So how do I get a VPN? There are a number on the market, but the one I use is called ‘Hide My Ass’ dot com!! Great name! Anyway, it costs $78.66 per annum, which I think is great value. There is also a monthly option for short term trips away. I have been using it for around a year and a half now and have never had a single problem. The url is http://www.hidemyass.com/vpn/.
I hope this wee blog will help you get going. Happy viewing!!
Posted by BBC iPlayer Abroad on March 20, 201210ppm3>in
I recently came across OnSpeed, which is a UK-based internet accelerator solution. It seems to use software called SlipStream, which originates in the US. It sounded good. €29.99 per year. Promised accelerated internet speeds and access to UK-based services such as the iPlayer.
Well, after installation, I didn’t see any improvement in speed, but I already have broadband, so I didn’t really expect much. It did however make the iPlayer work so I got pretty excited for a minute. However, after about 30 seconds, the picture froze and I got the annoying loading graphic. This continued regardless of browser, router restarts and general tearing out of what little hair I have left!!
After that it all started going really tits up. Chrome died. As did Outlook. Then the whole PC (Windows 7). I couldn’t click on the OnSpeed System tray icon to stop it either. After a restart, I did stop OnSpeed and everything started working again. The next time I started the computer, I forgot to stop OnSpeed and everything died again.
It’s now uninstalled and I’m asking for a refund!
I’ve been running HideMyAss for over a year now and have never had a technical problem… but you can read about that below!
Posted by BBC iPlayer Abroad on November 13, 201151pam11>in
With broadband Internet becoming the norm, the amount of TV channels being streamed is increasing daily. The BBC came up with the iPlayer and ITV with the originally named ITVplayer, both of which essentially do the same thing and that is stream TV programmes on the Internet. The big problem for those of us not living in the UK is that the Beeb know where you live! Your Internet provider assigns you an IP address when you logon and part of this address is the city you live in. The TV licencing laws only allow you to watch British TV if you are resident in the UK, so if you live in Vienna, you’re screwed!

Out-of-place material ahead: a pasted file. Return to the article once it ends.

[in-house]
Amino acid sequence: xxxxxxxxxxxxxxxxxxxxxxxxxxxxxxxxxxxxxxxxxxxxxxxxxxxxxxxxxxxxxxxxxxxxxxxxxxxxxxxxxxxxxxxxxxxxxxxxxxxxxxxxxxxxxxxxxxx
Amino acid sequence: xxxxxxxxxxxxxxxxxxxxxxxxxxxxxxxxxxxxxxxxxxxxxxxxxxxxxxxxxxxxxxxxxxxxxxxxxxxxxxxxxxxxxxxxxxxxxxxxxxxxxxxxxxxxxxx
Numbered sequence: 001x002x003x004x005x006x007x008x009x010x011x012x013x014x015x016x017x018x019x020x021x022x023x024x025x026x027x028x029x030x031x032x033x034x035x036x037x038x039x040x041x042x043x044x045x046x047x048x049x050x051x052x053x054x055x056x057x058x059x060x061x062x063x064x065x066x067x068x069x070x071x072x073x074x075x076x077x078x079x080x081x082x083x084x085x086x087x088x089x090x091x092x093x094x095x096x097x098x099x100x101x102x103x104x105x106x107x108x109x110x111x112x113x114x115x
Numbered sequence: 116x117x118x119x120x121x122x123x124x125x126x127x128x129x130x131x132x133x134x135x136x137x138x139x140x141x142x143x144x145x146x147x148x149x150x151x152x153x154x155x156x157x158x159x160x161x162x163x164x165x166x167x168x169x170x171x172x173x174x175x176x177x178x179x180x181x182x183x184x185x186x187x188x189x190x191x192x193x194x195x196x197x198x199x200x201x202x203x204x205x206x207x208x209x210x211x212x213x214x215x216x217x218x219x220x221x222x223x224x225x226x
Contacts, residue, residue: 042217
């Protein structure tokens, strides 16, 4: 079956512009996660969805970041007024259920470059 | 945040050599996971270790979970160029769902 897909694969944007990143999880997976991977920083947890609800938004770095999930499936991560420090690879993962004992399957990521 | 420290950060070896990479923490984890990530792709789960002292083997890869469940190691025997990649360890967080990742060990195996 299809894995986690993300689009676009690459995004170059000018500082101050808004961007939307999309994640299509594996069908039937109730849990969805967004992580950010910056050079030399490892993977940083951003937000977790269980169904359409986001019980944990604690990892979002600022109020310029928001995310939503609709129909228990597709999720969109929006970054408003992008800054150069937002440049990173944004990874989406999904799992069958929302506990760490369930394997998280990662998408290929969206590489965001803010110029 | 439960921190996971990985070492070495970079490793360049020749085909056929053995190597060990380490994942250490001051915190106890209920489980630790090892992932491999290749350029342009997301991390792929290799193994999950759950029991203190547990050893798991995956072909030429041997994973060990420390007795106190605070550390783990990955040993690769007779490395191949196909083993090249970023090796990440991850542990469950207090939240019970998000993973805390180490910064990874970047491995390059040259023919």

Posted by BBC iPlayer Abroad on November 12, 201146ppm11>in
When I first moved to Austria, the only way to get British TV was via Sky. I bought a Sky box in the UK and got it set up at my parents’ address then simply took it with me to Vienna. This is still possible of course, but you can no longer get the BBC in most of Europe as the satellite signal is focused on the UK. However, if you live in northern France, the Netherlands or Belgium, you may still be in luck.
As I was not particularly willing to spend the 40 odd pounds a month on a Sky subscription I gave up for several years. Watching Rugby was only possible at the Irish pub, which, I suppose, is no great hardship, but works out more expensive than the Sky subscription! One cool trick is to point your dish at the 28.2 deg East and do a scan with your normal European receiver. At the end of the list you’ll see Stream 0, Stream 1 etc. to Stream 6. This is the BBC interactive stream, and you can tune in to big events like the rugby 6 nations as if you were watching the BBC in the UK.
Update 6th April 2012 – The BBC have moved this satellite stream. I tried to find it but it really seems to have died so it looks like to only way to watch the BBC iPlayer abroad is now over the internet.